Do I or Don’t I

It is a truth universally acknowledged that your wedding day is one of the happiest days of your life.  Newlywed couples gush through their speeches; ‘I married my best friend’, ‘I can’t wait to see what the future has in store for us’.

Newlywed couples gush through their speeches; ‘I married my best friend’, ‘I can’t wait to see what the future has in store for us’.

A new bond, a new commitment begins. Until death do us part, right?

Perhaps, but the rise of the pre-nuptial agreement evidences a sad approach to marriage that, dare I say it, is a temptation to disaster.

Instead of the old adage; ‘do as I say and not as I do’, the reality is that brokering a pre-nuptial agreement is a case of ‘say I do, but just in case I don’t I’m prepared to leave.’

To be perfectly frank, there is no room in ‘I do’ for an escape plan.

Wedding vows are not just a public declaration of our feelings for some one else at that one moment in time. They are a public commitment to love and honour this person, through the bonds of matrimony, for the rest of our lives.

Yes, I can hear you ask: but wouldn’t it be prudent to have something in place, should the marriage break down? Sure, if you want to treat your marriage in the same way as you treat your car, that is, with the expectation that at some point in the future it will break down and you will need to replace it. And trade it in for a newer model, of course.

Pre-nuptial agreements are akin to an insurance policy, or a money back guarantee. You’re essentially saying to your spouse ‘I’m all in, until I’m done and then, I’m all out.”

Surely I’m being too harsh?

No, I don’t think so. Would my husband’s wedding vows have the same gravitas, the same sincerity and generosity, if I knew that he had a backup plan  – an escape plan in the form of a pre-nuptial agreement  – at the ready? Does his commitment to be my husband until death parts us, ring true and honest if he sees a future and permanent separation as a realistic eventuality and, further to that, has steps in place to leave if he desires?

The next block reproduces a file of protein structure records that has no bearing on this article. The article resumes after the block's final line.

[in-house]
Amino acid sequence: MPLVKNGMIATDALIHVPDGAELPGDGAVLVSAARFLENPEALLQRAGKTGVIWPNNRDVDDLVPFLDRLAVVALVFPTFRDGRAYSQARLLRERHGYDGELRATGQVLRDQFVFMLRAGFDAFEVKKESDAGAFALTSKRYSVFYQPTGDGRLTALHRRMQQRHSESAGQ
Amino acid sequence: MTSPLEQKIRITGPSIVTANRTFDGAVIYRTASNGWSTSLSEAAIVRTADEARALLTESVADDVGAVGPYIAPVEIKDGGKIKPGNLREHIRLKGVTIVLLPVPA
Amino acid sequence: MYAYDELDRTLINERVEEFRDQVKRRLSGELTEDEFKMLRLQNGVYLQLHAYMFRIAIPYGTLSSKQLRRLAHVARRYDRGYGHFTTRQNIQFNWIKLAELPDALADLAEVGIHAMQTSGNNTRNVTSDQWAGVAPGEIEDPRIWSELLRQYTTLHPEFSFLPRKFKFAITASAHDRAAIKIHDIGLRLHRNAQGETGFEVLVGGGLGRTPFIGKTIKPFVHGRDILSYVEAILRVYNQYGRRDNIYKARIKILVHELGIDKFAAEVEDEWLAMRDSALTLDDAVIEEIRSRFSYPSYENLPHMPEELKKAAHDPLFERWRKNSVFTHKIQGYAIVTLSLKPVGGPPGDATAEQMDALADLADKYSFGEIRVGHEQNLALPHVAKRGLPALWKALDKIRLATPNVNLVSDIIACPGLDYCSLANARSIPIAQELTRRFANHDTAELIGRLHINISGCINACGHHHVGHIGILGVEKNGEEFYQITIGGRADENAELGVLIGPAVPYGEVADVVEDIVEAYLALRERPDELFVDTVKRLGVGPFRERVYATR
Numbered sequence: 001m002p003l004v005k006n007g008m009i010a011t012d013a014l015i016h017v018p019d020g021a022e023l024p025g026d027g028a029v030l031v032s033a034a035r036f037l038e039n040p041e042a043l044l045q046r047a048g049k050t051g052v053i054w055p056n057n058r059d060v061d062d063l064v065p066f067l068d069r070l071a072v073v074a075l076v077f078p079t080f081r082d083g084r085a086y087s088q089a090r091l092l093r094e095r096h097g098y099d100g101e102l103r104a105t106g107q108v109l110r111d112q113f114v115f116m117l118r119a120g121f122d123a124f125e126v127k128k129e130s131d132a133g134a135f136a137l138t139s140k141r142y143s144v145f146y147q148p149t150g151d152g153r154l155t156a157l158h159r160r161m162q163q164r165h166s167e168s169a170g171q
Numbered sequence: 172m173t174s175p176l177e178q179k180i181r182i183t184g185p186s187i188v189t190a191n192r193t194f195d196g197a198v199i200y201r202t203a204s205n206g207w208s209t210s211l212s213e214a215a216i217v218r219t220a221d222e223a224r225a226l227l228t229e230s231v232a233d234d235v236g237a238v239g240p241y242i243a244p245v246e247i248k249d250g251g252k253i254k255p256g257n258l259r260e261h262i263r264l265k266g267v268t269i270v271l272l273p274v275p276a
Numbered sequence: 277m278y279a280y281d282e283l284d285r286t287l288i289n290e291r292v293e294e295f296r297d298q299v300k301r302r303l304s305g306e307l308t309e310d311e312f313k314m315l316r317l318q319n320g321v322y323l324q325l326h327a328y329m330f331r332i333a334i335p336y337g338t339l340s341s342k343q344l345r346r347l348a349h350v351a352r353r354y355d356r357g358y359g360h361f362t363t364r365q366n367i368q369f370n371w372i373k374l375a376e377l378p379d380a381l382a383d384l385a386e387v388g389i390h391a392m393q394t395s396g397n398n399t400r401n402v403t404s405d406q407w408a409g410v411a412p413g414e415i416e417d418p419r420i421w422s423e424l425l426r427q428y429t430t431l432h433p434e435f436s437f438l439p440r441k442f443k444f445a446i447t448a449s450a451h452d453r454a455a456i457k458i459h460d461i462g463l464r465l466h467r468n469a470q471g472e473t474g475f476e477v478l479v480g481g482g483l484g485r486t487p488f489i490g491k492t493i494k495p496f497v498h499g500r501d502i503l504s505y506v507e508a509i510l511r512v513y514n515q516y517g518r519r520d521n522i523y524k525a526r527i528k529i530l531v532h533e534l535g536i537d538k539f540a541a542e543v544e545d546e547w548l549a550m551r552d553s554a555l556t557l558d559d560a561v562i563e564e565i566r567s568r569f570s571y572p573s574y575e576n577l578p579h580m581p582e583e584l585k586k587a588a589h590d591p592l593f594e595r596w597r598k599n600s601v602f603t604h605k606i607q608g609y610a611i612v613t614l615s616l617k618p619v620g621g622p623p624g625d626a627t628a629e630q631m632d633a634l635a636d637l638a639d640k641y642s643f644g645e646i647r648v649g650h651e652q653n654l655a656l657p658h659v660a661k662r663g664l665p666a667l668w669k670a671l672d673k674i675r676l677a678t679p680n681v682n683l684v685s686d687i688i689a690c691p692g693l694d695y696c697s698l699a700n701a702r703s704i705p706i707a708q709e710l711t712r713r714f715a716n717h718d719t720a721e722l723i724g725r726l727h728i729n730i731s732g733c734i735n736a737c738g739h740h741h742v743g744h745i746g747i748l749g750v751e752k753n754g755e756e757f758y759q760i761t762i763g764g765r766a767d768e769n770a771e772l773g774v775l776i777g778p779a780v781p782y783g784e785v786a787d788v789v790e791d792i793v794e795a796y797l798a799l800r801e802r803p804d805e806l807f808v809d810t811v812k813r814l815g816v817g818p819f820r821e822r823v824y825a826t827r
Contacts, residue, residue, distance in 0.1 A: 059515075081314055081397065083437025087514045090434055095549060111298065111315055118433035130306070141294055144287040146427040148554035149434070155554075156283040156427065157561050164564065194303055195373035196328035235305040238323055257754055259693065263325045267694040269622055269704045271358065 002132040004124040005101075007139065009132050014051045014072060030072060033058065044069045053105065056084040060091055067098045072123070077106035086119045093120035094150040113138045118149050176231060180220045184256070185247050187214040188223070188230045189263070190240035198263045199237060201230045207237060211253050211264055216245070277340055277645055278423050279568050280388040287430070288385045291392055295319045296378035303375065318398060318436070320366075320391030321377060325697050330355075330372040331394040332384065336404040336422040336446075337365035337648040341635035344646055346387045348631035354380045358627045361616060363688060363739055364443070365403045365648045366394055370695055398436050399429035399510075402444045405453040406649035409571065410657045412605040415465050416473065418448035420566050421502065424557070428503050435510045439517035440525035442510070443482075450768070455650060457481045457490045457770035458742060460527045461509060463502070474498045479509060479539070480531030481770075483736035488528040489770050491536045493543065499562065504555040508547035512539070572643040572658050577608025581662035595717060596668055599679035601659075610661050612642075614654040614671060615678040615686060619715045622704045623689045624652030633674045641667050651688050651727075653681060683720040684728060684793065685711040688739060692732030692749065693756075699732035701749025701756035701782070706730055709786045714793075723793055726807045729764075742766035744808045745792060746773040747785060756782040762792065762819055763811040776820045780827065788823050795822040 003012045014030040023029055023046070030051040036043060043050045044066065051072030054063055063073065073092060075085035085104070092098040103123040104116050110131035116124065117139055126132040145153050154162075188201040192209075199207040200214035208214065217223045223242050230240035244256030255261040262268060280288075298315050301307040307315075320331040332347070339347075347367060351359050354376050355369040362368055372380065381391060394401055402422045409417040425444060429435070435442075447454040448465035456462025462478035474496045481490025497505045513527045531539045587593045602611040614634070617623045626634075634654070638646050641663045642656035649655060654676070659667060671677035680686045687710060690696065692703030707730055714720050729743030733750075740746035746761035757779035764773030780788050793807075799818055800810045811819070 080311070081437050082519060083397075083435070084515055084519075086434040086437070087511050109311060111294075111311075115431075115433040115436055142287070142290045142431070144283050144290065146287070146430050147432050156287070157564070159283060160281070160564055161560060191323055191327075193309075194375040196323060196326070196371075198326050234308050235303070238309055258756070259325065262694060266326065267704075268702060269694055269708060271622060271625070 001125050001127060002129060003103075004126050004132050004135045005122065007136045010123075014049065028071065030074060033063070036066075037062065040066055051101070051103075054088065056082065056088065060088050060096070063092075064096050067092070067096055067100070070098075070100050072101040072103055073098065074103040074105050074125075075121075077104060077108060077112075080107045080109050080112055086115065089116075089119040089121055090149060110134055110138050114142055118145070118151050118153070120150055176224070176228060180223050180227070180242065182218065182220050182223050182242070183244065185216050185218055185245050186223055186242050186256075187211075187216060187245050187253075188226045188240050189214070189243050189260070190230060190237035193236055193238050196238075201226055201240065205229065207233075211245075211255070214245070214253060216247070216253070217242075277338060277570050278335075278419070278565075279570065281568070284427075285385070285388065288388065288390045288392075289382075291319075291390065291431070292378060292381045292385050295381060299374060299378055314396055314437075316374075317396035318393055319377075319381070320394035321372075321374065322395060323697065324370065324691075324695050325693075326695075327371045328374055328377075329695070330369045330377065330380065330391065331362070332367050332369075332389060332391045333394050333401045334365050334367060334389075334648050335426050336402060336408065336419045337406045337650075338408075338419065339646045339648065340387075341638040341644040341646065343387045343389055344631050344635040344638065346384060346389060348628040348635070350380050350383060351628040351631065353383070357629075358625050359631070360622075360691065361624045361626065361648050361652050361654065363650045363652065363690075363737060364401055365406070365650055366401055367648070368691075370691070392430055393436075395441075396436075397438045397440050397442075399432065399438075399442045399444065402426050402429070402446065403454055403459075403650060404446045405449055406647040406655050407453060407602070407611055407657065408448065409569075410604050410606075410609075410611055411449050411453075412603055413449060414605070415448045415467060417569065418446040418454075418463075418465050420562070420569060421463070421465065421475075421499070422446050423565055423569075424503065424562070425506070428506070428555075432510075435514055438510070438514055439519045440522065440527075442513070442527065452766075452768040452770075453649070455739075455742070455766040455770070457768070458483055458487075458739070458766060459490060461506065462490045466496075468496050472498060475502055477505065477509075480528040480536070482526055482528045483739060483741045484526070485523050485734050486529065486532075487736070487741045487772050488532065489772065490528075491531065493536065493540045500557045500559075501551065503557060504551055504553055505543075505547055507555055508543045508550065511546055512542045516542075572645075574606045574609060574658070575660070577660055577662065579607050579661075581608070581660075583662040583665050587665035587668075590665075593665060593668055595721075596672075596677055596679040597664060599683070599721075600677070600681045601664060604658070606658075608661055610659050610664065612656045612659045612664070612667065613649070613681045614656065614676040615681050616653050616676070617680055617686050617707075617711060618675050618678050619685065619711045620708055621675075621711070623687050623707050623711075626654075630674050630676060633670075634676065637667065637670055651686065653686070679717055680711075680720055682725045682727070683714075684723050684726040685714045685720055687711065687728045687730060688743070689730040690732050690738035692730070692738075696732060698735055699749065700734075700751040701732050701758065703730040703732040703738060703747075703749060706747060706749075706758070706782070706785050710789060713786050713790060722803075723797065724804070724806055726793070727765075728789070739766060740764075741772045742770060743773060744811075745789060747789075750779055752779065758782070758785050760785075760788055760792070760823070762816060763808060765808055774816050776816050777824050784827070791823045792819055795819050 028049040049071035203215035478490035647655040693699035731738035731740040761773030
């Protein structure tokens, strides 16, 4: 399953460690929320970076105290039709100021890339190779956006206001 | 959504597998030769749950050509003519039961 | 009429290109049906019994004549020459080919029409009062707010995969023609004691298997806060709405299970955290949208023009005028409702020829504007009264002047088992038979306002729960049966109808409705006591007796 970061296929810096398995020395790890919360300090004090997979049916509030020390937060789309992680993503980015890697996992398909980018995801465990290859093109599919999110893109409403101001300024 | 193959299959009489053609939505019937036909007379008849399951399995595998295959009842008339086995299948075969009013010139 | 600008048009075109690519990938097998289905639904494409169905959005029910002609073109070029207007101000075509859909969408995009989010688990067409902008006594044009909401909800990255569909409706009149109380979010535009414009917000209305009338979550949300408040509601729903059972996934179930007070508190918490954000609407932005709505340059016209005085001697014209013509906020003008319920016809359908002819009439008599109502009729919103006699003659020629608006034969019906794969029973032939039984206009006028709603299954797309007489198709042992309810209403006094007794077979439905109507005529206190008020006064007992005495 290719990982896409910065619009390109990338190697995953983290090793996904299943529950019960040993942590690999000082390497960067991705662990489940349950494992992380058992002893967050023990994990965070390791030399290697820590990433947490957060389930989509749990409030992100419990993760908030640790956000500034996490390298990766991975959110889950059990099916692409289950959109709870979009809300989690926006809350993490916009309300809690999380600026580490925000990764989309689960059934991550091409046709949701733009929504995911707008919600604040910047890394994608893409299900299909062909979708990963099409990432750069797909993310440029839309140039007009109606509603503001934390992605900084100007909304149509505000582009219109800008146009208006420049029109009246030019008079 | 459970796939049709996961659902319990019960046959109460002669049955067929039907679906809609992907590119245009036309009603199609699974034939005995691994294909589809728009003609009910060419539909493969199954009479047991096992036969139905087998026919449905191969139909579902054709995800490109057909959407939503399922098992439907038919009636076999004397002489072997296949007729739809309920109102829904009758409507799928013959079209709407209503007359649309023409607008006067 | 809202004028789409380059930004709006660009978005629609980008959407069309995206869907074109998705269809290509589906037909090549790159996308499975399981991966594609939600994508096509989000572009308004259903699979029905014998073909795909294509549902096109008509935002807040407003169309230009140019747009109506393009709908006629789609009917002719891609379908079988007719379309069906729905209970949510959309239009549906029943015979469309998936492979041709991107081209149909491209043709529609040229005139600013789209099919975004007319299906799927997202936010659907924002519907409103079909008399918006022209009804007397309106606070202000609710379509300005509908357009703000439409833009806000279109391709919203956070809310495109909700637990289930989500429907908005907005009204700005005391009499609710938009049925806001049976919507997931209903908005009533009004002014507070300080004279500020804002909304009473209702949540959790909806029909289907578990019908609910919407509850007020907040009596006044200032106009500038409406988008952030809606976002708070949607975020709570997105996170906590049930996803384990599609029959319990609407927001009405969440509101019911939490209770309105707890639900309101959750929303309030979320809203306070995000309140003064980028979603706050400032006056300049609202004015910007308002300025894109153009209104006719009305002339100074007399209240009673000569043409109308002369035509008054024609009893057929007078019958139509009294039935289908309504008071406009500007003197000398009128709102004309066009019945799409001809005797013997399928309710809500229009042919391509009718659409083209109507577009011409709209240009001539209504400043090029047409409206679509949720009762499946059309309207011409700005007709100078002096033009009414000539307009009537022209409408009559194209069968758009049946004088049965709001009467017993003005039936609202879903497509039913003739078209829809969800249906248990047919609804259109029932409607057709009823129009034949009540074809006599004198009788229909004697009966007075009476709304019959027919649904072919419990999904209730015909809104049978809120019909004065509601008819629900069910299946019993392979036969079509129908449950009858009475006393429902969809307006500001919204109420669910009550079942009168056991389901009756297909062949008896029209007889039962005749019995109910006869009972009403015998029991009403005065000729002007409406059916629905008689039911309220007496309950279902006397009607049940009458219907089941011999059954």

Of course they wouldn’t.

Pre-nuptial agreements are another way for our commitment-phobic world to encourage self over the other. Marriage requires a continued, consistent and at times challenging commitment to put some one elsefirst  for the rest of our lives. Pre-nuptials encourage an easy out when the challenges hit. And they will hit, there’s no doubt about it.

When they do, who do you want by your side? A spouse who’s ready and willing to keep tinkering away at the engine, put in the miles on the road, and chip in for petrol, or a spouse who’s happy to drive away at the first roadblock, leaving you alone with an acrid taste in your mouth?

I think you get it. Yes, your co-driver is going to annoy you at times  – they’ll put the seat and the mirrors in different settings to what you prefer, their taste in music and podcasts could test your patience on more than one occasion and, worst of all, they might even get carsick! Thank goodness though for map apps  – at least there won’t be any fights over navigation!

So, by all means, discuss pre-nuptials as you consider and prepare for marriage. But don’t get sucked into the idea that you need to be prepared for a breakdown. If you keep your relationship well-oiled and remember to rotate the tyres and so on, you’ll find you didn’t need an escape plan in the first place. And yes, I promise I’m done with the mechanical metaphors now.

Invest in your marriage and your relationship, not in a pre-nuptial agreement. It’s worth it in the long run.

Written by Emily Shaw

Emily is a former ACPA award winning magazine editor. Emily shares 15 years of marriage with her husband, Ben, and is now stay at home mum of seven and freelance journalist. Emily’s work has been featured in a variety of media internationally, writing on all things faith, parenting and craft. She brings close to 20 years of experience in media — print, online and social — as well as several years in active youth ministry including three years as the Diocesan Coordinator.

Leave a Comment

Your email address will not be published. Required fields are marked *